“Cameroon has begun a mass vaccination program to combat a measles epidemic” (voanews.com). The outbreak is said to be due to parents not being able to get their kids vaccinated, either because they forgot, refused, or simply do not have access to services that would provide their children with the vaccinations (voanews.com). Children who are not vaccinated when they are 9 months, as recommended by the WHO, can expose other children to Measles who have not been vaccinated (voanews.com). “Ngambi Martin, leader of one of the vaccination teams in Yaounde said they have been deployed to encourage people to be vaccinated” (voanews.com). Vaccination teams also go out into various communities to educate people about why they need to get their children vaccinated as well as help people  get the treatment they need for their family (voanews.com).

For more information check out this article at voanews.com: Cameroon Launches Mass Measles Vaccination Campaign

 

Liberia: Mass Vaccination Campaign for Polio and Measles

Due to the Ebola outbreak of last year, an “immunization campaign” that was planned to take place was temporarily paused (voanews.com). Now, the Ministry of Health, along with the CDC, UNCF, and WHO, are launching  “a weeklong campaign to vaccinate hundreds of thousands of children against measles and polio” (voanews.com). The goal of the campaign is to “vaccinate more than 683,000 children against polio and 603,000 against measles”, and provide “deworming medicine” for the children as well (voanews.com).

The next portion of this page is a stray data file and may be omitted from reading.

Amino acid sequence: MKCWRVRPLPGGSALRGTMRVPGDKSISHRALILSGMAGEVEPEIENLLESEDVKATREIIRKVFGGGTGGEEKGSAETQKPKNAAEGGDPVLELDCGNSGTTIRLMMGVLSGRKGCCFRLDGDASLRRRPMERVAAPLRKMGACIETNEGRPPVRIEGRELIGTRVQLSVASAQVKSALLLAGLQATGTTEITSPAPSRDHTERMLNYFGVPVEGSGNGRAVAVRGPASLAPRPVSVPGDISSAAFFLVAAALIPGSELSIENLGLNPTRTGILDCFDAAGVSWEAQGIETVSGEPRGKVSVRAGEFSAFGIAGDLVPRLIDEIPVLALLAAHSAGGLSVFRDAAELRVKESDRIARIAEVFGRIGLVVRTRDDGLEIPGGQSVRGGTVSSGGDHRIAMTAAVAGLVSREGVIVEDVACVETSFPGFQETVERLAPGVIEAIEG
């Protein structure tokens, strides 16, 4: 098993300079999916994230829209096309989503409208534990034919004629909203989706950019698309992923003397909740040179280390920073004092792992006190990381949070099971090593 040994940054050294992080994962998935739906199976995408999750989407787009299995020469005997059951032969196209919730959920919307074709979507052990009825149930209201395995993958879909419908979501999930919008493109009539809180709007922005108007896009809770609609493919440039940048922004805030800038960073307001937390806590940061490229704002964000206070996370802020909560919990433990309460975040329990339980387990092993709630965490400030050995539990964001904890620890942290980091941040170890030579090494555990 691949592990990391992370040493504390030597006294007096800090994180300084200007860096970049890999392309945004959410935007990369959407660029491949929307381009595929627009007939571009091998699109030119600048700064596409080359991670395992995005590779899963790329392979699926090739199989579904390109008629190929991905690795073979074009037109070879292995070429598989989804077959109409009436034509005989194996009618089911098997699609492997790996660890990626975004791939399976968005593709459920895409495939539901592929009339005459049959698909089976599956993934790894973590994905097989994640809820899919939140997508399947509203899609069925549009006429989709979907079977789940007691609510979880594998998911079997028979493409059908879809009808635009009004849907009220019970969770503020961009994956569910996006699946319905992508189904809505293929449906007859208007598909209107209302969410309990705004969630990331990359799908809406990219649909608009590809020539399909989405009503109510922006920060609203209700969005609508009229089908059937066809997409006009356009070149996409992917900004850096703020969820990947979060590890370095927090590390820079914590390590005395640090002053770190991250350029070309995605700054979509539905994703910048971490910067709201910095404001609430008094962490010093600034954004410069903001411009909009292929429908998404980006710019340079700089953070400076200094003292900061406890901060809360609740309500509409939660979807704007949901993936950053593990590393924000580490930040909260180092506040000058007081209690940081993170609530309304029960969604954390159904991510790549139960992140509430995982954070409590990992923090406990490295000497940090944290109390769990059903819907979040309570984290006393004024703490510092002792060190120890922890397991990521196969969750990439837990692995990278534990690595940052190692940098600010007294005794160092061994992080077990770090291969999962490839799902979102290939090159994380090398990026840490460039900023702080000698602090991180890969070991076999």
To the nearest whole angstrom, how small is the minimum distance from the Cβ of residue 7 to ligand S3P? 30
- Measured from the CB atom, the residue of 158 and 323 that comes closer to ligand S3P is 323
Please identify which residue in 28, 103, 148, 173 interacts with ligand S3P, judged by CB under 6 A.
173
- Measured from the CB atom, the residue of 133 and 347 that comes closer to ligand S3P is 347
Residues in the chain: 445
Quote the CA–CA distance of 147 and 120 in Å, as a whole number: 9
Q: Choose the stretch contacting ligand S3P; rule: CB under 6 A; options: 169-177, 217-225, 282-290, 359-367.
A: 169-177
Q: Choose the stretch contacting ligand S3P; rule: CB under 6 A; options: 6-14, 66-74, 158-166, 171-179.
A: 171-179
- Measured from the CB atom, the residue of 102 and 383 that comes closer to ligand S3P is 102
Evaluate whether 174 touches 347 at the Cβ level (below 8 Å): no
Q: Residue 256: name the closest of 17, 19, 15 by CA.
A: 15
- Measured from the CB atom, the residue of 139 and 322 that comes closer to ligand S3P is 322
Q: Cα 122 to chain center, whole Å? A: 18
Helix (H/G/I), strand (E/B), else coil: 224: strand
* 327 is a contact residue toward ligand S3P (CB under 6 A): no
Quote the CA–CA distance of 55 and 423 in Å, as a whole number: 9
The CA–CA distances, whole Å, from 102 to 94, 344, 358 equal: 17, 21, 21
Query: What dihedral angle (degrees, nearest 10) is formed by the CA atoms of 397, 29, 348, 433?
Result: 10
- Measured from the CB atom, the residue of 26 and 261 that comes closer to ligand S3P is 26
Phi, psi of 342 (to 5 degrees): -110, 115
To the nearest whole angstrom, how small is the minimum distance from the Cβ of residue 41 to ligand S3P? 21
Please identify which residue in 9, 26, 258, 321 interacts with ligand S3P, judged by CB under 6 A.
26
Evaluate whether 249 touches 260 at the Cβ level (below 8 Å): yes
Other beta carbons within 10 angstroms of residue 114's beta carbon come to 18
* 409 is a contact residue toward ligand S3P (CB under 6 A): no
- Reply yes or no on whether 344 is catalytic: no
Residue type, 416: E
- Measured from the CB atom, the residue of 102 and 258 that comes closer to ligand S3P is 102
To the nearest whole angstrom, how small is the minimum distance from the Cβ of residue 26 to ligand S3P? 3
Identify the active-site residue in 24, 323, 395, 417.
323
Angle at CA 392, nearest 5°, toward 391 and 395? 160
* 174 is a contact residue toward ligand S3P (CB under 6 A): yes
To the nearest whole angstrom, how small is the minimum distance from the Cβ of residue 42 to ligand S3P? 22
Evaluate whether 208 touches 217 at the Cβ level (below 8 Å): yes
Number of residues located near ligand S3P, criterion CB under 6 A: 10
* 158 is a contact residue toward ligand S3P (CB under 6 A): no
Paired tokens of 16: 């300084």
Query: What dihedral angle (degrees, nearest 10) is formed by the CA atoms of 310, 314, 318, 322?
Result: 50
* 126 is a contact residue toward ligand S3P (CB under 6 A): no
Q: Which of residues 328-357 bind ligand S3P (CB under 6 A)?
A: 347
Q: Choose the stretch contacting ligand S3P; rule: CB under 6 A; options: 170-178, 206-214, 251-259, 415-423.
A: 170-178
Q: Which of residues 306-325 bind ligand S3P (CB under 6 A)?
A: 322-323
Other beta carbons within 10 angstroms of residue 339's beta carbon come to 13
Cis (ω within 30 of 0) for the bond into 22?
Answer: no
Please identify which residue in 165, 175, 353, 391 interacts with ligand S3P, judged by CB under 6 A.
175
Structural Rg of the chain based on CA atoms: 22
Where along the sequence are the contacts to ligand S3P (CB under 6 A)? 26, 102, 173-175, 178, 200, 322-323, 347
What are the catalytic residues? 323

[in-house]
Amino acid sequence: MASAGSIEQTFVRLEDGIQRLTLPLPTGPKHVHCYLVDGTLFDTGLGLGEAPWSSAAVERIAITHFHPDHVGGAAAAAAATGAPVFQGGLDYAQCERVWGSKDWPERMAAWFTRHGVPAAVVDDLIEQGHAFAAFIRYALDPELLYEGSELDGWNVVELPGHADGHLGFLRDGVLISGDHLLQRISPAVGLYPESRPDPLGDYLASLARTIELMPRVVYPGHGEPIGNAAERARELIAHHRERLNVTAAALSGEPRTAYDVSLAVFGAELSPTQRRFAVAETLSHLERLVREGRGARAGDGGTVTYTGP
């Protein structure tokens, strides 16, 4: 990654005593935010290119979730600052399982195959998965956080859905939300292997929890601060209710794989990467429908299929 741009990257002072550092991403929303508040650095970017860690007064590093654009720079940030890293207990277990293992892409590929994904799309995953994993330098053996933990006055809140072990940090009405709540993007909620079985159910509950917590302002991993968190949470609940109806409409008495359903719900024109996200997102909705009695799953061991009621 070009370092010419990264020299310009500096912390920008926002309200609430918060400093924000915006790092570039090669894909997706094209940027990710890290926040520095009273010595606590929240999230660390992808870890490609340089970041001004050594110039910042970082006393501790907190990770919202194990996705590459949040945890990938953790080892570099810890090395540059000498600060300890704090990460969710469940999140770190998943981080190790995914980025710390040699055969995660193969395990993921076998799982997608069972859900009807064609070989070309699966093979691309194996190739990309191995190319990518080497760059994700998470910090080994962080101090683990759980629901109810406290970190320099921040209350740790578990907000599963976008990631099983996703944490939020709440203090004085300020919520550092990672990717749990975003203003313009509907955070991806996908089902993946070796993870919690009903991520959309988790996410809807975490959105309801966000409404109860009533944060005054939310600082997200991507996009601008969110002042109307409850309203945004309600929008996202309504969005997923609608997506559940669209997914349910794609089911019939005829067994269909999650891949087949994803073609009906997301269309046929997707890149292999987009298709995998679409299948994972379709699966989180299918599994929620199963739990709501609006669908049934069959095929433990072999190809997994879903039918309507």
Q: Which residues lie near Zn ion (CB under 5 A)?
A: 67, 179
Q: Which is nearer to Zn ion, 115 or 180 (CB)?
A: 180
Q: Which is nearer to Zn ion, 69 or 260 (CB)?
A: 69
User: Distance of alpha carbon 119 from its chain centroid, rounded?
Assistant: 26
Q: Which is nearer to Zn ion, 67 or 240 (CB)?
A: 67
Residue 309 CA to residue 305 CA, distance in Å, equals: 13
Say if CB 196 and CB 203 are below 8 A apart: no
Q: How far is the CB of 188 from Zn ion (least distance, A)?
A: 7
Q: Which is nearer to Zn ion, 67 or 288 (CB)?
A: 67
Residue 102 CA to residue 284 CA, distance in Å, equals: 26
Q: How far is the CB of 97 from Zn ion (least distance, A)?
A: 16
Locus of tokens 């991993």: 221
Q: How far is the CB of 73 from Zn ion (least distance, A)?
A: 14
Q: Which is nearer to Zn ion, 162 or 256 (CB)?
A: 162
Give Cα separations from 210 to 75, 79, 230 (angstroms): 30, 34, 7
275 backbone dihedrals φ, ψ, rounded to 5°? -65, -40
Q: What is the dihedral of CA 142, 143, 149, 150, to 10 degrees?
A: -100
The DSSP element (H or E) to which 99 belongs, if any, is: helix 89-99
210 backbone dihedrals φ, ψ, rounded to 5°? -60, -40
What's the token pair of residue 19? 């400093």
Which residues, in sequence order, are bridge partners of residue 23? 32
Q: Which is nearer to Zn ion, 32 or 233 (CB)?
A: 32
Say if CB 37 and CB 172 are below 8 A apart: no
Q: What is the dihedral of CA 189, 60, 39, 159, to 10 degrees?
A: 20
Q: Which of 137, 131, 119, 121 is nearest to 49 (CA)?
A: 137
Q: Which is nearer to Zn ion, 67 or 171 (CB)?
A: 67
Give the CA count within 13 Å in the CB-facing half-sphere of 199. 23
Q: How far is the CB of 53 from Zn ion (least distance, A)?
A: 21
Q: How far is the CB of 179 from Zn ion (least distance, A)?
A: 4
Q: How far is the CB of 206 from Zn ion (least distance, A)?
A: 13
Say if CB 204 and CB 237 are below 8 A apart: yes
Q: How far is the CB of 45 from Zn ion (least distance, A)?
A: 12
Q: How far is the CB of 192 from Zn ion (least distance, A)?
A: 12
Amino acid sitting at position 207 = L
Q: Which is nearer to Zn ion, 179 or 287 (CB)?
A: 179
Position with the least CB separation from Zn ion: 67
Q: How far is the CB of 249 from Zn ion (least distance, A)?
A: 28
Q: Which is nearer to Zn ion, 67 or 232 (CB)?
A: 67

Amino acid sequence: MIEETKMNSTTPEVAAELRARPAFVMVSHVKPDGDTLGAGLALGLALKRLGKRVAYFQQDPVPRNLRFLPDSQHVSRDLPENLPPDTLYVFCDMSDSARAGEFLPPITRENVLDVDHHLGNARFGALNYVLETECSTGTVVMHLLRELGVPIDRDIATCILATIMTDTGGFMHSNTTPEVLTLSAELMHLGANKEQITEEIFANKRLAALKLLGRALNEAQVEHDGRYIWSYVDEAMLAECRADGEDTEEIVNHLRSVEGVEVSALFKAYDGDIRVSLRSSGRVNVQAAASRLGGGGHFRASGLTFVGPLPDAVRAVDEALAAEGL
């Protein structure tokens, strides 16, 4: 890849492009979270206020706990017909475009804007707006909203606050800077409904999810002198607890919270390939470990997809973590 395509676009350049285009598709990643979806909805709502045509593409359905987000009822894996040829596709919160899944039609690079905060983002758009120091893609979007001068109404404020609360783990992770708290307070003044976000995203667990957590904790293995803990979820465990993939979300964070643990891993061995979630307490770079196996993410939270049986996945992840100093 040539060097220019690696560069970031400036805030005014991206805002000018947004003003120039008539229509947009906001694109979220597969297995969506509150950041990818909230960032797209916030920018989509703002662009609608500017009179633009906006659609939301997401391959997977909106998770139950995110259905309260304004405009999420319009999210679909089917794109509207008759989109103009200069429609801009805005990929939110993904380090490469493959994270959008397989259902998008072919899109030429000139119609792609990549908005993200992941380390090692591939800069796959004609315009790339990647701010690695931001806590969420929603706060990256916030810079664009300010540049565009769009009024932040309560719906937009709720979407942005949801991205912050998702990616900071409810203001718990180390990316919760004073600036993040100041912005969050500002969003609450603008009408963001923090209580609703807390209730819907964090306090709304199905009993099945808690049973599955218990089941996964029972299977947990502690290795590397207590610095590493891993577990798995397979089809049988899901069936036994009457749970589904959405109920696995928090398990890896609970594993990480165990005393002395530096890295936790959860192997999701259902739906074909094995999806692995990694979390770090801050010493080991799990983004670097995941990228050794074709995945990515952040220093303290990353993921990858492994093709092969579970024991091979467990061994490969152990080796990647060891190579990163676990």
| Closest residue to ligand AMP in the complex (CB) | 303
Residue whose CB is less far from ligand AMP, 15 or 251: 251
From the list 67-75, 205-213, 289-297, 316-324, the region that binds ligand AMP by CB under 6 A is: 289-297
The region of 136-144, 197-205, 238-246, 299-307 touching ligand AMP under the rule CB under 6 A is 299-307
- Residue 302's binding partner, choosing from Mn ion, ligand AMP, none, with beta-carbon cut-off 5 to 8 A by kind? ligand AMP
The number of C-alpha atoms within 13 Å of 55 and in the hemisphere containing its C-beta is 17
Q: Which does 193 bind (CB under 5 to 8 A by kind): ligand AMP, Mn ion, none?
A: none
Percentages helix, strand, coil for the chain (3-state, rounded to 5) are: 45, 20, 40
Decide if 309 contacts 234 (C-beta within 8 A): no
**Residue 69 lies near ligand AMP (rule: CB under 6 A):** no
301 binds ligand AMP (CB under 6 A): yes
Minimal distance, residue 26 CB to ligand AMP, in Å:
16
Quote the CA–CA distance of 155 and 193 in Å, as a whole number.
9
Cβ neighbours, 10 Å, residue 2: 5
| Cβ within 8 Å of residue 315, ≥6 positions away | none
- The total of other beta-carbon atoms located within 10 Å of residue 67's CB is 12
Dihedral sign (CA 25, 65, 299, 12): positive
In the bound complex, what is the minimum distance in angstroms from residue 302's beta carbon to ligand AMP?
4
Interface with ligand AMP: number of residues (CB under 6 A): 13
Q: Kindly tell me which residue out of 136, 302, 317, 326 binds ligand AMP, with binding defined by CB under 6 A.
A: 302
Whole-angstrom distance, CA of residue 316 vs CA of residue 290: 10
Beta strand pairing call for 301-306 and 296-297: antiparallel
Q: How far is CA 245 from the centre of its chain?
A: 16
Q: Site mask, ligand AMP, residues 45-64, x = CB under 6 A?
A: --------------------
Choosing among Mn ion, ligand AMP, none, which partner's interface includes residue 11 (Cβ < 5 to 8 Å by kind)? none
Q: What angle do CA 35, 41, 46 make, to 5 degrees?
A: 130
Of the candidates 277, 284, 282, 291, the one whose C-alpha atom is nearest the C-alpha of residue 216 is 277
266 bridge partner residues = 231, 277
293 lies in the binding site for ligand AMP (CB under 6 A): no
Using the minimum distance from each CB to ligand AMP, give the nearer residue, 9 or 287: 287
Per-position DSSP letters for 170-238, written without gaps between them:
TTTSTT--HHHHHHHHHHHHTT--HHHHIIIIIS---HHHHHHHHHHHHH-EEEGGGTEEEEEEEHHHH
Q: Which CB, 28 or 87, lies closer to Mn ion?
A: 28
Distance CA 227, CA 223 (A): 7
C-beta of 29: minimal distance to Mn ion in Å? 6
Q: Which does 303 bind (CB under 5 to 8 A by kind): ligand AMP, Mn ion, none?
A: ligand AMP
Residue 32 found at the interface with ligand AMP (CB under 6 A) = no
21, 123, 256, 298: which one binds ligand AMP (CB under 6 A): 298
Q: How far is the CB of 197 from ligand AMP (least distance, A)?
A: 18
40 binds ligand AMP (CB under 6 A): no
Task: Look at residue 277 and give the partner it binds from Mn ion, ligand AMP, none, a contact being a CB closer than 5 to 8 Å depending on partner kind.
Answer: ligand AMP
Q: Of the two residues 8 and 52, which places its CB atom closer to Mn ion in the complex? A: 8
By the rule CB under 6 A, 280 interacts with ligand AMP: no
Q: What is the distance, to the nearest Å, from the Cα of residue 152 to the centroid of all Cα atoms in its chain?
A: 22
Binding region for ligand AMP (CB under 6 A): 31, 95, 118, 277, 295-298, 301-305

For more information check out this article at voanews,com: Liberia Kicks Off Mass Vaccination Campaign

 

Niger: Meningitis Outbreak Worsens

“A meningitis epidemic in Niger has infected well over five thousand people and killed more than 350” (voanews.com). Doctors Without Boarders say that there is not yet a vaccine for the current strain of the virus that is rapidly infecting people (voanews.com). Treatment is available and it can help those who are able to come in during the early stages of the disease, but the problem is that people are seeking care very late, leaving less time for the treatment to work (voanews.com).

For more information check out this article at voanews.com: Niger: Meningitis Outbreak Worsens